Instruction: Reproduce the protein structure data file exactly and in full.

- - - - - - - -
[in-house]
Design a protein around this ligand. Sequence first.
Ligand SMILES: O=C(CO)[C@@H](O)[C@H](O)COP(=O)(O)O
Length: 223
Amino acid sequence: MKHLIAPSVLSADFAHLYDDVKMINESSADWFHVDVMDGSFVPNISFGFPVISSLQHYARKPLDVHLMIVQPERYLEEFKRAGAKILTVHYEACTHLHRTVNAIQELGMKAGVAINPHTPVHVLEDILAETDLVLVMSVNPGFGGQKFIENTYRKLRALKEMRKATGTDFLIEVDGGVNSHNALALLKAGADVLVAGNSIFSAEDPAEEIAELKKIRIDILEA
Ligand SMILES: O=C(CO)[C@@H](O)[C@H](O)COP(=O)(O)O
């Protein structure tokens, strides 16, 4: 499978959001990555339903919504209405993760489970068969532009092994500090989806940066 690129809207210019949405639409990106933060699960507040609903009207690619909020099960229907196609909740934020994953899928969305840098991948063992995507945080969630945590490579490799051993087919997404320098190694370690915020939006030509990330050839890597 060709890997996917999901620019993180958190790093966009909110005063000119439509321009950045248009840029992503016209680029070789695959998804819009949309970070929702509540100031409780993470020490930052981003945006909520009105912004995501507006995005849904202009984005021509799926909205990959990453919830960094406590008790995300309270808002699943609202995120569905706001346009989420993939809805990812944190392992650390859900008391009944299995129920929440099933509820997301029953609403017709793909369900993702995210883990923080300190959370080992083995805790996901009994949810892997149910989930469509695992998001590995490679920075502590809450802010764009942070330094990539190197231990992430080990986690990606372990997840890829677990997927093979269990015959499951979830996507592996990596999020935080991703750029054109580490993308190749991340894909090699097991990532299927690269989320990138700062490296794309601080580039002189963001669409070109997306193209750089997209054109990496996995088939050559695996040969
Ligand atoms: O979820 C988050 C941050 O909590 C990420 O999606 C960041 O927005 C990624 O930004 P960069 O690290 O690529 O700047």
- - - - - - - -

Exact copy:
[in-house]
Design a protein around this ligand. Sequence first.
Ligand SMILES: O=C(CO)[C@@H](O)[C@H](O)COP(=O)(O)O
Length: 223
Amino acid sequence: MKHLIAPSVLSADFAHLYDDVKMINESSADWFHVDVMDGSFVPNISFGFPVISSLQHYARKPLDVHLMIVQPERYLEEFKRAGAKILTVHYEACTHLHRTVNAIQELGMKAGVAINPHTPVHVLEDILAETDLVLVMSVNPGFGGQKFIENTYRKLRALKEMRKATGTDFLIEVDGGVNSHNALALLKAGADVLVAGNSIFSAEDPAEEIAELKKIRIDILEA
Ligand SMILES: O=C(CO)[C@@H](O)[C@H](O)COP(=O)(O)O
């Protein structure tokens, strides 16, 4: 499978959001990555339903919504209405993760489970068969532009092994500090989806940066 690129809207210019949405639409990106933060699960507040609903009207690619909020099960229907196609909740934020994953899928969305840098991948063992995507945080969630945590490579490799051993087919997404320098190694370690915020939006030509990330050839890597 060709890997996917999901620019993180958190790093966009909110005063000119439509321009950045248009840029992503016209680029070789695959998804819009949309970070929702509540100031409780993470020490930052981003945006909520009105912004995501507006995005849904202009984005021509799926909205990959990453919830960094406590008790995300309270808002699943609202995120569905706001346009989420993939809805990812944190392992650390859900008391009944299995129920929440099933509820997301029953609403017709793909369900993702995210883990923080300190959370080992083995805790996901009994949810892997149910989930469509695992998001590995490679920075502590809450802010764009942070330094990539190197231990992430080990986690990606372990997840890829677990997927093979269990015959499951979830996507592996990596999020935080991703750029054109580490993308190749991340894909090699097991990532299927690269989320990138700062490296794309601080580039002189963001669409070109997306193209750089997209054109990496996995088939050559695996040969
Ligand atoms: O979820 C988050 C941050 O909590 C990420 O999606 C960041 O927005 C990624 O930004 P960069 O690290 O690529 O700047």